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Category: Security (Page 1 of 2)

Generating Passwords using PowerShell

Even now – after all this time – passwords are hard.

Yes, I know we should all be using Cloud with its fancy KeyStore/Key Vaults or enterprise store such as CyberArk. We all know we should not be chosing them. However, like it or not ‘things’ still need passwords. Whether its for an encryption key, wireless network or just a plain and simple password.

Vendors are also part of the problem, placing restrictions on types of characters or even positioning of them within a password. Still. In 2020! (VMware and Cisco are pretty horrific at this)

Also when you are building stuff in automation, its inevitable you will need some sort of password generating. I use PowerShell a lot and found methods that could be used to do this.

Voila my new GitHub project https://github.com/kevsterd/PoSH-Passwords

This is based on using the Psuedo Random Number Generator (PRNG) which is a feature provided by the Windows Cryptographic Service Provider (CSP) which generates randomness in a ‘good enough’ manner. If you need more than this then well you know why and what to do about it but for most uses this is pretty good.

It uses vendor safe methods and arrangments out of the box with a pretty good 16 character length. You can append flags to make it stronger, output a number of them or make them readable. Its up to you. Your choice.

# Import the module
PS > import-module .\Password-Functions.psm1

# Run the function
PS > New-Password
LC*ATg2F0CFmh-r4

Want longer length ? Want more than one ?

PS > New-Password -Length 20 -count 3
uVelF$qejS4B.J$I8hmO
I9h+Wx1fJeUw8OxWf@DA
QbvykhouQ@tHe1IuQDPE

Remember, the passwords being returned back as an object you can then store into other variables.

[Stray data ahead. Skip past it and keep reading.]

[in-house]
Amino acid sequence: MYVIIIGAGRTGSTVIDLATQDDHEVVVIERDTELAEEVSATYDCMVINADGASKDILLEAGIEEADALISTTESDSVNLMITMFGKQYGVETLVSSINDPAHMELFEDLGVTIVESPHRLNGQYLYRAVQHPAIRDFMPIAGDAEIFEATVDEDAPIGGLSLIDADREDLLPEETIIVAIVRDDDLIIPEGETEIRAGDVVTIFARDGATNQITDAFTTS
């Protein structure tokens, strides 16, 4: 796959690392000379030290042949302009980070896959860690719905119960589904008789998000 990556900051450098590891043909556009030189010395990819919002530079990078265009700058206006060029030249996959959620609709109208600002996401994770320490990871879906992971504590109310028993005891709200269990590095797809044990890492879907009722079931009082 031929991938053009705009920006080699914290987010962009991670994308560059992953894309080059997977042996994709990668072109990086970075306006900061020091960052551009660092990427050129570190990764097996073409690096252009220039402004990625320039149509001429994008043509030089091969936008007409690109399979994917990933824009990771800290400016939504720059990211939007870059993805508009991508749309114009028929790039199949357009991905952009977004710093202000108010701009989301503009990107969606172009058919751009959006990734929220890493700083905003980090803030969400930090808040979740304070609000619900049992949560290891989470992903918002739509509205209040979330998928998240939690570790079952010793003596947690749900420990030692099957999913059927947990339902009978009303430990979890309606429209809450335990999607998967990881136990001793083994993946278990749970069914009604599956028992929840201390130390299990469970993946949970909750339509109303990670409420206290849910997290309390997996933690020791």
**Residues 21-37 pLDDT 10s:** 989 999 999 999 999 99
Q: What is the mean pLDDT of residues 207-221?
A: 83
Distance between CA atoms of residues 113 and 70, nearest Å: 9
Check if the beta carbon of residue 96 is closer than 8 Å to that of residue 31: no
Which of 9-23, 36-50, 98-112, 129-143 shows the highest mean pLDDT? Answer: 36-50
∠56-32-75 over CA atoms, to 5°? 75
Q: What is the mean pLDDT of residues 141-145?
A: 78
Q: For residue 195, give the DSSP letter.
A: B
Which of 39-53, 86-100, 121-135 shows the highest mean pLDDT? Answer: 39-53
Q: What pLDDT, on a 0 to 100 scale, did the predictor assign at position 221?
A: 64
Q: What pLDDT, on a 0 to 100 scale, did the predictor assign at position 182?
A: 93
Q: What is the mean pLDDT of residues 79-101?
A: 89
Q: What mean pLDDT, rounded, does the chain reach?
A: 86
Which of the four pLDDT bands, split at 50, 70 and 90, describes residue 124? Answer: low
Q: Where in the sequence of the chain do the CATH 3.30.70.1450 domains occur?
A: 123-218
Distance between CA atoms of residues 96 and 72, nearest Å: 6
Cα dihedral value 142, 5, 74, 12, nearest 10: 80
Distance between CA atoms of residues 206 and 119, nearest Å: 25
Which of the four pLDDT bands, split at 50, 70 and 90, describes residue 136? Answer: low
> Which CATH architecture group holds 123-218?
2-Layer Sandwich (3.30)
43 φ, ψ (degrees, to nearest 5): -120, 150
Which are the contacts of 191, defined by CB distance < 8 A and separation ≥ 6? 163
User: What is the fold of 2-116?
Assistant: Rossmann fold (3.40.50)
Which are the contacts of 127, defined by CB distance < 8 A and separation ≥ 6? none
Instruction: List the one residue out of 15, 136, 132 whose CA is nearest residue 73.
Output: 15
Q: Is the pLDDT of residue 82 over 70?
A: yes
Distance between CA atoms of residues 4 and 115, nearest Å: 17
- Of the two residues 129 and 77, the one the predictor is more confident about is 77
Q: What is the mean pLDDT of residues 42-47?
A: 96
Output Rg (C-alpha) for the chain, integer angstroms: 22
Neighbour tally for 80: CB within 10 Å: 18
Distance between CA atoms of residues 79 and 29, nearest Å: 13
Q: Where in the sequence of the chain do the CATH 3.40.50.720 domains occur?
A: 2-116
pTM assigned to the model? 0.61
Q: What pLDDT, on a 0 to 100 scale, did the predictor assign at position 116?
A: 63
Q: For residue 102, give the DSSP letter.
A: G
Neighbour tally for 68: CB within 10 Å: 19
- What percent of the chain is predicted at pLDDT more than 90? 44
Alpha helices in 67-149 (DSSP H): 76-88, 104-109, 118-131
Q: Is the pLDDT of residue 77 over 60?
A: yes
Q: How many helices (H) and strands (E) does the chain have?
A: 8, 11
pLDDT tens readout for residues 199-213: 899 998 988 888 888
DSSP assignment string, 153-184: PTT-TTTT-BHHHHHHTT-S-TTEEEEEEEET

PS > $pass=New-Password

You can obviously use the PowerShell SecureString method to store and manipulate if need be. (Some decent tips at http://blog.majcica.com/2015/11/17/powershell-tips-and-tricks-decoding-securestring/)

PS > $pass=New-Password

PS > $secpass=(ConvertTo-SecureString $pass -AsPlainText -Force)
PS > $secpass
System.Security.SecureString

PS > $secpass | ConvertFrom-SecureString
01000000d08c9ddf0115d1118c7a00c04fc297eb010000002571feb3508bb14b8eaa7cac1828a6b80000000002000000000010660000000100002000000064fc1cf1a0b044b4a1dd63aa3fc9ba9ec4f83b24a70569cbbe25773522868bd4000000000e80000000020000200000004487a5581bbc0d7ffcb47bdfda87198014a8cce89b9ed117b1c29893e9d3481b3000000058b14398fa542e694ce5b9a37299b147f5c9640e33f4c6603b7a2131c79c23d22301870794d266ea52b5194ebdb1326a40000000db1dec8a79db34f89846c015fb6a37f4116cb15c48ccd9dcecbd8dfc16a3a1209207be1a9e53e1b37870cdf04c693ff9a41f100d5197d42d7326e4680c6941b9

PS > $secpass | ConvertFrom-SecureString | Out-File ".\MyPassword.txt"

Windows Phone 8.1 to Cisco ASA VPN – Part 2

AnyConnect-logo  Cisco have now released a BETA AnyConnect client for Windows Phone 8.1 availible here  at the Windows Phone store
I havn’t tested the latest builds but the initial version had a few showstoppers that look like to have been fixed.  Remember this uses SSL/TLS encryption only and your local security policy may mandate the use of IPsec, along with all its issues !
Also they dont appear to have fixed the session timeout bug so that may cause a few headaches with disconnects.

Windows Phone 8.1 to Cisco ASA VPN

[There is next to no information availible on this around so this was borne out of experimentation and a lot of packet capture analytics]
Update:  Since testing this I have since found that L2TP/IPsec does not work if the ASA is behind a NAT device.  This is because the WP81 device explicitly will not connect to a NAT-T device.  There is a registry key on Windows to enable this, however nothing on WP8.  
Windows Phone 8.1 introduced a Native VPN client to the operating system.  It allows L2TP/IPsec and IPSEC IKEv2 nativly, and various SSL VPN providers via plug ins downloaded from the Windows Store.  At the moment Juniper, Checkpoint and F5 have all made clients.  Sadly Cisco has not yet, although is due to release one by mid 2015.
This leaves organisations with a quandry not being able to support Windows Phone.   This is a shame as the platform appears to try to support strong authentication and encryption schemes where possible.
You would like to think that Windows Phone supporting IKEv2 and Cisco AnyConnect 3.x/4.x’s IPSEC implmentation using only IKEv2 that it would interoperate.  Sadly it does not.  The ASA – for some reason – always believes the Windows Phone to be a L2L (LAN to LAN/Site to Site) VPN.  Repeated attempts could not get this to work.